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US to release 50 million barrels from SPR in rare price-related drawdown

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US to release 50 million barrels from SPR in rare price-related drawdown

Highlights

Includes 32 million-barrel exchange, 18 million-barrel sale

India to release 5 million barrels, UK agrees to 1.5 million barrels

China, Japan, South Korea set to join release: White House

The US will release 50 million barrels from its Strategic Petroleum Reserve by early next year alongside releases from other major oil-consuming countries, the White House announced Nov. 23 as the Biden administration grapples with high domestic gasoline prices and record inflation.

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The release includes an exchange of 32 million barrels that will be delivered in mid-December through April and returned in 2022-2024, in addition to 18 million barrels sold in the coming months that were already required by Congress to be sold by the end of 2022.

China, India, Japan, South Korea and the UK will join the US in releasing strategic oil stocks, the White House said, without giving further details.

India announced it would release 5 million barrels, and the UK said it would allow companies in the country to voluntarily release up to a combined 1.5 million barrels of private stocks.

Crude oil futures turned higher Nov. 23 as the market weighed the coordinated release against a possible response from the OPEC+ producer bloc.

At 1436 GMT, NYMEX January WTI was up $1.35 at $78.10/b and ICE January Brent was $1.44 higher at $81.14/b.

Supply/demand 'mismatch'

The White House said the rare price-driven SPR release was designed to "lower prices for Americans and address the mismatch between demand exiting the pandemic and supply."

Asked if the Biden administration was aiming for a specific price response, a senior administration official pointed to a recent 10% drop in crude futures since the possibility of a US SPR release started being discussed.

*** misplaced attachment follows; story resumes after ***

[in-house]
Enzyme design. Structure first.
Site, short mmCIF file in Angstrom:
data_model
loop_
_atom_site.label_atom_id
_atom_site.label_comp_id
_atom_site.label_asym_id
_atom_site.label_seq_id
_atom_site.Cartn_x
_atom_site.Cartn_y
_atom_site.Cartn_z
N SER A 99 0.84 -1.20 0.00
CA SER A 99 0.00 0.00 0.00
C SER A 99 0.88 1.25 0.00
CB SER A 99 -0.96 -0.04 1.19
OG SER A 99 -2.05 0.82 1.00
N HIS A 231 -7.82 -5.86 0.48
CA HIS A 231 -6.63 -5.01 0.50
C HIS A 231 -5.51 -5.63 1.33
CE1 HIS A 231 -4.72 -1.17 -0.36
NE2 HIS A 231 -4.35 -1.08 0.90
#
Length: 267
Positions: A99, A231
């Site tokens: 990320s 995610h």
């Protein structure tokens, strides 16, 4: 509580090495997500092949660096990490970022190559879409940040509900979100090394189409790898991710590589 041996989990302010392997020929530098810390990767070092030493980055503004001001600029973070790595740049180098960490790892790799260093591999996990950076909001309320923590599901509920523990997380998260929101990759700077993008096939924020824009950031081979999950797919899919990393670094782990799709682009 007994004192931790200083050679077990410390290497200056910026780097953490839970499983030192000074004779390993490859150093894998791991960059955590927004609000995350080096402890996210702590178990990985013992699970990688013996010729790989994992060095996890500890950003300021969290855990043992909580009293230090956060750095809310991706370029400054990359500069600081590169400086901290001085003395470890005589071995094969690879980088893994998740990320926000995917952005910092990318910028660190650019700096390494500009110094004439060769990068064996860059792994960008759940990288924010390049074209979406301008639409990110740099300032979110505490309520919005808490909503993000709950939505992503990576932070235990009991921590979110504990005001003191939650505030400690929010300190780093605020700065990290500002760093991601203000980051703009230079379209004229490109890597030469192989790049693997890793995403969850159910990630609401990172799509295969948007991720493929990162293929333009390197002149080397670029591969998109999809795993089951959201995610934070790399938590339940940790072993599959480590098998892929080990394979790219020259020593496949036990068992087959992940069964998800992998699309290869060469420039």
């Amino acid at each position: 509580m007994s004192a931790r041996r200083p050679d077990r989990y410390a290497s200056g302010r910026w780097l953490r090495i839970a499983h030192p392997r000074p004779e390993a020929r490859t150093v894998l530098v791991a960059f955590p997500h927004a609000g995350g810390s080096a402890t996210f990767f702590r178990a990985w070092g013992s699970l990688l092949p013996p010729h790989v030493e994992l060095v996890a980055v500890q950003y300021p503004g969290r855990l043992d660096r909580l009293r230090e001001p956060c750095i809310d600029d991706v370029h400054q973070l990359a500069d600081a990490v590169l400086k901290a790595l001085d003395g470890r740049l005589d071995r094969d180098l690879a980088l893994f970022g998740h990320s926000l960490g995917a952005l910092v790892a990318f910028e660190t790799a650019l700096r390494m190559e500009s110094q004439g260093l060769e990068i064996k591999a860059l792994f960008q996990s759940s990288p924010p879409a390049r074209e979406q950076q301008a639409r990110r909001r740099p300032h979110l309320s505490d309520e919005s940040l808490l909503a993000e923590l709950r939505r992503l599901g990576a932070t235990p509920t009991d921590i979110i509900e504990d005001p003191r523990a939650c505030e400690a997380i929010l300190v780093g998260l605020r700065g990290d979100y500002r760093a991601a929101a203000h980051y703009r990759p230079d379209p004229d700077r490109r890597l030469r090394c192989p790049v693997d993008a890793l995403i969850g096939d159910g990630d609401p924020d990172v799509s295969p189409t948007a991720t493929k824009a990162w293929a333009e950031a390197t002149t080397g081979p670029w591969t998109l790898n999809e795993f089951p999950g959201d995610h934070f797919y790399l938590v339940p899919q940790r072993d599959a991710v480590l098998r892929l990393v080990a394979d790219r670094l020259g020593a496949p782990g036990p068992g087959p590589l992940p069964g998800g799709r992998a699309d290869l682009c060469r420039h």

The official downplayed the possibility of the Biden administration restricting US crude exports, another option that has been considered in recent weeks.

"As the president has said, we continue to look at all available tools," the senior administration official told reporters on background. "With that said, the action being taken today represents an important step forward to supply the needed oil onto the market given the lack of supplies not catching up demand."

The SPR stockpile had 604.5 million barrels as of Nov. 19, about 58% of which is sour crude and 42% sweet.

US presidents have turned to the SPR in the past to respond to global supply shocks like Hurricane Katrina in 2005 and the Libya war in 2011.

Temporary impact

S&P Global Platts Analytics said any immediate price impact would likely be felt in US Gulf Coast differentials, steeper on LLS or Mars benchmarks, depending on the quality of the crude released.

"Markets are already off their peaks from October, with part of the decline likely due in part to the threat of SPR releases," said Paul Sheldon, chief geopolitical adviser for Platts Analytics.